Cosplay CONsent

Sexual harassment is never acceptable, so when minors are being sexually harassed in public, feminists in the gaming and comics community are calling for change in convention harassment rules.

Participants reported the sexual harassment of minors at both PAX East, a Boston convention held in March by Penny Arcade, and New York Comic Con, held in October.

“There are always issues of harassment on the floor,” says Virginia Lee Pfaehler, an amateur cosplayer and convention security volunteer. “People think because you’re in a skimpy costume, they can do things to you and you won’t care.”

Pfaehler, 23, is a transfer student in her third year at Columbia College, a women’s college in Columbia, S.C. She has volunteered as a staffer at Nashicon and Animazement, and she volunteered for security at DragonCon 2011 in Atlanta. Pfaehler has been attending conventions as an amateur cosplayer for four years.

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Virginia Lee Pfaehler photographed by Mike Tuffley

Cosplay, also called costuming, is the act of dressing in costumes and role-playing as pop-culture characters. Pfaehler has most recently cosplayed as the fifth Batgirl, Stephanie Brown, and Princess Bubblegum from the Cartoon Network show Adventure Time. Though some cosplayers are paid to wear their intricately made costumes at conventions, others, like Pfaehler, cosplay for their own enjoyment. Pfaehler also likes to see the reactions of young Batgirl fans.

“All the little kids come up to me excited, like I’m really Batgirl,” she says.

Cosplayers are a frequent sight at conventions.  A reported 1800 cosplayers participated in DragonCon’s Cosplay Parade in 2011, according to DragonCon Public Works. Pfaehler participated as a cosplayer and a member of the security team during the four-day convention.

While working as a crowd-control volunteer at DragonCon in 2011, Pfaehler witnessed convention harassment. Football fans who were also in Atlanta at the time walked into a women’s restroom and banged on the doors of stalls. The police were called to stop the culprits.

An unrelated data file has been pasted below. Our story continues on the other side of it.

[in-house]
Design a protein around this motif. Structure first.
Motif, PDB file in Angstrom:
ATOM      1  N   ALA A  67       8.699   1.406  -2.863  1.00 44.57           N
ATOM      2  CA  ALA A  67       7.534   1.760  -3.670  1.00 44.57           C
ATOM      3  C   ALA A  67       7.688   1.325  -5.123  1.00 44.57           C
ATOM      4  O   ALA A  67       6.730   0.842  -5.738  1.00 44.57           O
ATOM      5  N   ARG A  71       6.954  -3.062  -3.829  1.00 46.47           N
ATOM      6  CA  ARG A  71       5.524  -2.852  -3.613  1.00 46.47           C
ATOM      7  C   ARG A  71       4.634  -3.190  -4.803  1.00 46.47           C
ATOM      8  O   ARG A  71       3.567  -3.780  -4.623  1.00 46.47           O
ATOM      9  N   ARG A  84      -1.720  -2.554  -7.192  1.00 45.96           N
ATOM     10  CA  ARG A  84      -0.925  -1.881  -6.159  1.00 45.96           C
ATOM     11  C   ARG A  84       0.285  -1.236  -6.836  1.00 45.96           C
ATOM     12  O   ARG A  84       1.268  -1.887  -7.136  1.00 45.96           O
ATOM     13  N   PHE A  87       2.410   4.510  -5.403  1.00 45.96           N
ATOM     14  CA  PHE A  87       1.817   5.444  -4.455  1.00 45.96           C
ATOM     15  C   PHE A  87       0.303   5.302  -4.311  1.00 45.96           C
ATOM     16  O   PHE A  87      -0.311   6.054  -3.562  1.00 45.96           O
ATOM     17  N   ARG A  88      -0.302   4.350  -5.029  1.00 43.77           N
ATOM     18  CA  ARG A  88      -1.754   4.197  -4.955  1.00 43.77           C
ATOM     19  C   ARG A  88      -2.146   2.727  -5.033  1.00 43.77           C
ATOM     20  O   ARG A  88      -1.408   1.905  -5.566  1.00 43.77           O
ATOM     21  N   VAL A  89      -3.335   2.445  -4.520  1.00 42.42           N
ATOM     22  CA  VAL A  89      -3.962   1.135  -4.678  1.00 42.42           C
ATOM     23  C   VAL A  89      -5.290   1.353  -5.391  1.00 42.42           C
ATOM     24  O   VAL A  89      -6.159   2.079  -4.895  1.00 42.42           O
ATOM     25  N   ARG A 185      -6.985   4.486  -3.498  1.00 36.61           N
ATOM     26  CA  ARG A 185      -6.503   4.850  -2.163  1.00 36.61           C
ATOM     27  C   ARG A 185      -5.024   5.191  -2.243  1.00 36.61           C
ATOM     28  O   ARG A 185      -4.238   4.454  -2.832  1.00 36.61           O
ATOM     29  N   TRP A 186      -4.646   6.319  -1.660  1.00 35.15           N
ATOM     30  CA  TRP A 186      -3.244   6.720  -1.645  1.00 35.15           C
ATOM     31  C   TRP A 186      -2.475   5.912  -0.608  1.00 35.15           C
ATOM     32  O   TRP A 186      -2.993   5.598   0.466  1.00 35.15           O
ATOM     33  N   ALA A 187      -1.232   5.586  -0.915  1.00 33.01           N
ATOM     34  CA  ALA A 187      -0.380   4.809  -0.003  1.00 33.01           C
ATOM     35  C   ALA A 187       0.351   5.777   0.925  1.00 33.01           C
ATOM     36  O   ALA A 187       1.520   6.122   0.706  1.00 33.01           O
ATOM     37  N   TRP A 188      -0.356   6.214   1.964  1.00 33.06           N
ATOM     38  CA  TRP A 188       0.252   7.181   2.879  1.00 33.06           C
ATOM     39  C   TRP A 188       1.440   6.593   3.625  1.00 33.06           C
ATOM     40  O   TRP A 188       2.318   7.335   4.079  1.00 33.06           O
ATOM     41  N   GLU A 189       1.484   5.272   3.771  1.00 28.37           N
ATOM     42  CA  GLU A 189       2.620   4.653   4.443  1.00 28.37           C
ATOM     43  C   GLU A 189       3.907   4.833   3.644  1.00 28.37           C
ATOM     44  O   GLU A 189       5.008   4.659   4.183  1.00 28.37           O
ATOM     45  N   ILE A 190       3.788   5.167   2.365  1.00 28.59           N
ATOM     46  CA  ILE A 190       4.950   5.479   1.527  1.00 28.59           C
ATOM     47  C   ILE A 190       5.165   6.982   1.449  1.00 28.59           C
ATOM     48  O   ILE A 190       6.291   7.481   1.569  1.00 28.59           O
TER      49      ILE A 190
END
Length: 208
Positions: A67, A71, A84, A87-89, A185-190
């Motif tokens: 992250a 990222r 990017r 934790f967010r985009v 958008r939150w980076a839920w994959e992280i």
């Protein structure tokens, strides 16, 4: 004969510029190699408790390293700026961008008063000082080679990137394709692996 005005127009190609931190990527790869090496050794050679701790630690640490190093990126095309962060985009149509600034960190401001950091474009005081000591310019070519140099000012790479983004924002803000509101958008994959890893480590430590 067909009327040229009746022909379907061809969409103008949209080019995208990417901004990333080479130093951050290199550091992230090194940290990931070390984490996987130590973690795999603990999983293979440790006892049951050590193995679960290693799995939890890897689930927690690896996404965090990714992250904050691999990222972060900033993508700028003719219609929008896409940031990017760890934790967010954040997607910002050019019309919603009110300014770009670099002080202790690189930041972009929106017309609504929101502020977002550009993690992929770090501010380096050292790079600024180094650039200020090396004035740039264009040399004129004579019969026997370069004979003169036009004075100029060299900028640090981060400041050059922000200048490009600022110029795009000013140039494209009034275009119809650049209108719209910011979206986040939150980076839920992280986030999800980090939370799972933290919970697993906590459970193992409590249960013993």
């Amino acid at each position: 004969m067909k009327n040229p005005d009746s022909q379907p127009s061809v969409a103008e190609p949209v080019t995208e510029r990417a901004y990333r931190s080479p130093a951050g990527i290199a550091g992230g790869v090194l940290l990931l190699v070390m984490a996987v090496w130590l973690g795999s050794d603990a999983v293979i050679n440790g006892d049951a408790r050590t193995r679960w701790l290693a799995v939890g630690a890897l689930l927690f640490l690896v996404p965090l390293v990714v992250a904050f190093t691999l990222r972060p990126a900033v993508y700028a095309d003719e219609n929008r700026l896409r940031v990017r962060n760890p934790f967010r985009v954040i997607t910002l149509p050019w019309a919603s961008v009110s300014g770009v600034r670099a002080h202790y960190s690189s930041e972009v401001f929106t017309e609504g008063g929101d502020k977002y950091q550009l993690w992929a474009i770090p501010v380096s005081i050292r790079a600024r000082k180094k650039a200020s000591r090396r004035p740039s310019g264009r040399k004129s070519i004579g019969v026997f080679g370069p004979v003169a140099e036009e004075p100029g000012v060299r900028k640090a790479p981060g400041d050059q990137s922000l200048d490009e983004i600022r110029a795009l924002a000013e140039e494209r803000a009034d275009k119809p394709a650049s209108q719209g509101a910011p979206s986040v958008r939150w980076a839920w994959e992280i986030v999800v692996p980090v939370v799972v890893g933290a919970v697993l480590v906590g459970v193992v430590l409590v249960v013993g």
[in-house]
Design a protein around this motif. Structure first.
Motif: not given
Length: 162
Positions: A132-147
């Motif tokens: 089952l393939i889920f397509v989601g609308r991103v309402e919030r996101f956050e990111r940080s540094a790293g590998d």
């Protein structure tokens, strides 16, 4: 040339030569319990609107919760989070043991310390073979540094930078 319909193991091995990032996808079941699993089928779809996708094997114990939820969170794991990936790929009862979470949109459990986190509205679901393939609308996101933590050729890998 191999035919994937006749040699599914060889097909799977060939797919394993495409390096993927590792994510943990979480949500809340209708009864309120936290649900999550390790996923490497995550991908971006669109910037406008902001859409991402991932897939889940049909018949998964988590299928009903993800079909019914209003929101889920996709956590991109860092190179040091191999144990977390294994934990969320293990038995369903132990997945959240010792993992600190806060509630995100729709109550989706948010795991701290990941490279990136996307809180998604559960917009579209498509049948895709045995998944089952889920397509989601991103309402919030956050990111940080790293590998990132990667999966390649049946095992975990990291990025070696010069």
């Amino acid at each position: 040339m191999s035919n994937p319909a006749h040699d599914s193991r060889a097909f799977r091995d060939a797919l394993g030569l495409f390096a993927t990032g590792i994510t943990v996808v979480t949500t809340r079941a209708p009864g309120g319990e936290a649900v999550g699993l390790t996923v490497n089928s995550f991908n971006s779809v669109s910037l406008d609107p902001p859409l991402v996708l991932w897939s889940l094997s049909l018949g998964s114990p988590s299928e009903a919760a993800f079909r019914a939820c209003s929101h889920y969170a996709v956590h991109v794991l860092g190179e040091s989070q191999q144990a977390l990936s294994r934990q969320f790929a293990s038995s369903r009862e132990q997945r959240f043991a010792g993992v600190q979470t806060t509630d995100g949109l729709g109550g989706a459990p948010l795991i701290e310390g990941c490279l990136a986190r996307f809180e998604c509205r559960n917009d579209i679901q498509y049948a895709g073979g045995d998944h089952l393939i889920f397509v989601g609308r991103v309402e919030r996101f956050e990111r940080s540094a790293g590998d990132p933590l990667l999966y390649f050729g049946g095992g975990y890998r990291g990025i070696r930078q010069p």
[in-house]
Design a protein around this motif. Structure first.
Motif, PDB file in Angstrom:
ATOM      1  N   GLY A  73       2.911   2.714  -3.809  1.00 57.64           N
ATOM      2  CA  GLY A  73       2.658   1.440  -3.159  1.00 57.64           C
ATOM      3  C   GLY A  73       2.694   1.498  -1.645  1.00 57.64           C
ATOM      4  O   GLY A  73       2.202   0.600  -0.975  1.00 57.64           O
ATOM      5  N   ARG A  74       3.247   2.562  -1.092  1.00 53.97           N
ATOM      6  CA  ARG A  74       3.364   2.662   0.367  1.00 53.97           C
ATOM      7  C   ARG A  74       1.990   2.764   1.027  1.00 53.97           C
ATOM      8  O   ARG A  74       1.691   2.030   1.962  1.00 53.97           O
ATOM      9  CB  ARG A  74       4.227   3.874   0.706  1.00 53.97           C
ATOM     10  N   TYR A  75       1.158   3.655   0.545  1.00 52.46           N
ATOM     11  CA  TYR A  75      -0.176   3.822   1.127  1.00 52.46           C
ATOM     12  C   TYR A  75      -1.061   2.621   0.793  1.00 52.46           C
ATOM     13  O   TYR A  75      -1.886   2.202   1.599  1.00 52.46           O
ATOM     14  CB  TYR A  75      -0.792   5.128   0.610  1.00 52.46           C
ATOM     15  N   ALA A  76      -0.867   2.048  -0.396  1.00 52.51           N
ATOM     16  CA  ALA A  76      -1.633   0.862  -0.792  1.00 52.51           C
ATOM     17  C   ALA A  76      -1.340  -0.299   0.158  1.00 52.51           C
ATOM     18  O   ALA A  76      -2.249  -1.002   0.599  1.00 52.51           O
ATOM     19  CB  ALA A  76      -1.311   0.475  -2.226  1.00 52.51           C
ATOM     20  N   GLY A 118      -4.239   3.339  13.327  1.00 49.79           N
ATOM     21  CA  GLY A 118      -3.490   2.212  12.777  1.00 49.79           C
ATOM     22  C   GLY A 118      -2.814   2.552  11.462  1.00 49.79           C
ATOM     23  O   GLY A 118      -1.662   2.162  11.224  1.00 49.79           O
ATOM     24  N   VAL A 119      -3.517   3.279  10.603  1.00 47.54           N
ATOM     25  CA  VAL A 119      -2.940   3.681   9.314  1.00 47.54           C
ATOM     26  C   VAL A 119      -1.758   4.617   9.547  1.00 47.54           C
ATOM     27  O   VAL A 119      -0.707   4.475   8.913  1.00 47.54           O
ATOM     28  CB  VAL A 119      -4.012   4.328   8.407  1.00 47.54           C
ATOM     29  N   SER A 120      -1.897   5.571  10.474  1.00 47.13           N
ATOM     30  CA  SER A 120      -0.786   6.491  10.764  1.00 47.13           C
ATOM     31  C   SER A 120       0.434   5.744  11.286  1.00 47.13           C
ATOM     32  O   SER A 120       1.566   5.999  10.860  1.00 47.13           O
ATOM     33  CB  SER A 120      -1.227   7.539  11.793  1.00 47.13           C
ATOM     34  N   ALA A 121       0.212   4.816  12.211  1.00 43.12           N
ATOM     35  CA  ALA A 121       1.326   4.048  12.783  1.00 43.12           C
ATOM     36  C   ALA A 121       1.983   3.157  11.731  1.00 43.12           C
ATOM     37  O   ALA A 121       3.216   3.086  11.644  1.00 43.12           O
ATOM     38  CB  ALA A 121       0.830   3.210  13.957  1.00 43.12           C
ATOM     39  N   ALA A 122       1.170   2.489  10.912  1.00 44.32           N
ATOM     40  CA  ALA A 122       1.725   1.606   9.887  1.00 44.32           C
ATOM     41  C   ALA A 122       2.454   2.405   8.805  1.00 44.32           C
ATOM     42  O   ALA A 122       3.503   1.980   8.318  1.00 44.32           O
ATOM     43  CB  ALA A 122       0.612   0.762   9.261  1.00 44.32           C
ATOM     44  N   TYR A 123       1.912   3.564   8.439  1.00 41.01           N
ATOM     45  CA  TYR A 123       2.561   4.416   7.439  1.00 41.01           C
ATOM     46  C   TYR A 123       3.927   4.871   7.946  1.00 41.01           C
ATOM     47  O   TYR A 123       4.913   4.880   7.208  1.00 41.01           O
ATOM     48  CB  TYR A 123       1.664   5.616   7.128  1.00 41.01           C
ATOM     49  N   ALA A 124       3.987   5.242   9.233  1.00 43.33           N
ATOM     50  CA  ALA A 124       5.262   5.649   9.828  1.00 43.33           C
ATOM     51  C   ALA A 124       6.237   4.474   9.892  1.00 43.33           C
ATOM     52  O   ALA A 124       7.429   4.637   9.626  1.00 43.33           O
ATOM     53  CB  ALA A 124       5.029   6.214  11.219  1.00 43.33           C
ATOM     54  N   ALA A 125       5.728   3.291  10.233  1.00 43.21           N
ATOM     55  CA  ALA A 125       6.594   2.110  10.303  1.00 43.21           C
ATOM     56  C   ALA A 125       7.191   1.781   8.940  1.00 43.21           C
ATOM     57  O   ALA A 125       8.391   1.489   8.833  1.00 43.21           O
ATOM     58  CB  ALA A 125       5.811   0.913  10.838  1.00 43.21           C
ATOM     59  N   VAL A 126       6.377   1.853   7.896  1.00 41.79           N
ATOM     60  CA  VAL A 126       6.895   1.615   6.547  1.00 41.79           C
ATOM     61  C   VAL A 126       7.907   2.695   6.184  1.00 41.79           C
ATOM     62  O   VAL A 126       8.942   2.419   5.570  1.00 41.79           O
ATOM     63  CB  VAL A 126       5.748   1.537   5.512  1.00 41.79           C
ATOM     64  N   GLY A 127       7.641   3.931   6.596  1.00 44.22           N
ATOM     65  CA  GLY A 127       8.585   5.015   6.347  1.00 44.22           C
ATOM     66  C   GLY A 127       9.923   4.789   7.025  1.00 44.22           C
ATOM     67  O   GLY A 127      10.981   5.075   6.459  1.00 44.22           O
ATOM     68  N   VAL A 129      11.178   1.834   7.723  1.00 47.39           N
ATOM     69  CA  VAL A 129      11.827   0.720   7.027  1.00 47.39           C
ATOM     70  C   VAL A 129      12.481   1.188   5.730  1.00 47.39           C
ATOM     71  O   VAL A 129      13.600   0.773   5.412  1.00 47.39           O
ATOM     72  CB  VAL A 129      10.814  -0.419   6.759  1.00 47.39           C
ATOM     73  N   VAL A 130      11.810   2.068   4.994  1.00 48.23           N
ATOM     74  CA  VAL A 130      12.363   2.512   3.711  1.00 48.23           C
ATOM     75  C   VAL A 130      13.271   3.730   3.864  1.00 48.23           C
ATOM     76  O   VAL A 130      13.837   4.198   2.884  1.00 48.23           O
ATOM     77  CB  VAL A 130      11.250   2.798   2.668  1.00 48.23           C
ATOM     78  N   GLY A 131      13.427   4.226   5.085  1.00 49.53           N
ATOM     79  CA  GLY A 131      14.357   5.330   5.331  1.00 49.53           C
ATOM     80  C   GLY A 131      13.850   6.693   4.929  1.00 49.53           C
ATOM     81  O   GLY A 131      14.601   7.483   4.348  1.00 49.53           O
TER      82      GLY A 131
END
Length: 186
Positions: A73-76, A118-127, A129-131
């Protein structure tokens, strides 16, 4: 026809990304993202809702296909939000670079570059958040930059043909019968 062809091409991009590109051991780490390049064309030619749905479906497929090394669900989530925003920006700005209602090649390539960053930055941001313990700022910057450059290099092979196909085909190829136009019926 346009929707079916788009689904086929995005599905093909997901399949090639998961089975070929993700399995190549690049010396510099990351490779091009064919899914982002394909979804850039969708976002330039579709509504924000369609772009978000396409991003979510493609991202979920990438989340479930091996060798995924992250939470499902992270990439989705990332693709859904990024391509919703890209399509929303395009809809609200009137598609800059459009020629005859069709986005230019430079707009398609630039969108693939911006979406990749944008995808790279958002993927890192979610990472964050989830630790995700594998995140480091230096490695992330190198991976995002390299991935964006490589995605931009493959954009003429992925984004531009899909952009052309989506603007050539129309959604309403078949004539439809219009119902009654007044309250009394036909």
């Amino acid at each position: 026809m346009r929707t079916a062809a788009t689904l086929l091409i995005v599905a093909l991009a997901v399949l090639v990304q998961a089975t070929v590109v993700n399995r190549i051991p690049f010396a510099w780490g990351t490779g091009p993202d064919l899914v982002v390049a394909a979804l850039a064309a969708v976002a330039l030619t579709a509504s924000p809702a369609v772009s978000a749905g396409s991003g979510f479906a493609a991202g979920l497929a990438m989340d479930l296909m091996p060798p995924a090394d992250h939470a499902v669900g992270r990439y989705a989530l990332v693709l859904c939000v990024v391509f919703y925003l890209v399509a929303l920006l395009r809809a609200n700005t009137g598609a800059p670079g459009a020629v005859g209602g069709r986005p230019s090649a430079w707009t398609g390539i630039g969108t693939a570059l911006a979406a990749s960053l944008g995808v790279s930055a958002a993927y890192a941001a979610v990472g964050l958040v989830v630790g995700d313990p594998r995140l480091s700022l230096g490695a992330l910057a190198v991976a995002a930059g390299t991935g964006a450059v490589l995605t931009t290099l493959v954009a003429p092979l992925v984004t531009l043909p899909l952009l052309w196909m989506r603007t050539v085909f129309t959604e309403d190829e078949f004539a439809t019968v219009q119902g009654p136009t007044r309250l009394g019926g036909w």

Pfaehler has also experienced cosplay harassment firsthand in a hotel bar.

“I was wearing a Star Trek dress uniform. He had fake handcuffs, and he handcuffed himself to me.”

Luckily, her friends were there to intervene and separate the two, says Pfaehler.

While statistics for cosplay harassment don’t yet exist, harassment at conventions is considered street harassment, a type of harassment that includes “any action or comment between strangers in public places that is disrespectful, unwelcome, threatening and/or harassing and is motivated by gender or sexual orientation,” according to Stop Street Harassment, a non-profit founded in 2012 with a mission to document and end street harassment internationally.

Even studies about street harassment are difficult to find, but a study done in 2010 by Holly Kearl, a researcher with a master’s degree in public policy and women’s studies, states that 90 percent of U.S. women, possibly more, experience street harassment by the age of 19.

The issue of cosplay harassment came to the fore in the gaming and comics community this year. After Meagan Marie, a popular cosplayer and model, wrote a blog post about her own experiences with harassment in cosplay, others have come forward criticizing the convention attitude that provocative cosplay invites sexual harassment.

Women in the comics and gaming community are flocking to hashtags such as #INeedFeminismBecause and #CONsent to tell their stories. CONsent is also the Flickr tag for 16bitSirens’ project , which photographs cosplayers with messages speaking out against harassment.

Pfaehler offers advice about interacting with cosplayers.

“Treat cosplayers like they are dressed in everyday clothes,” she said.

“If I was walking down the street in jeans would you be asking me to go take photos with the backdrop in your room? No, skeezy, that’s gross.”

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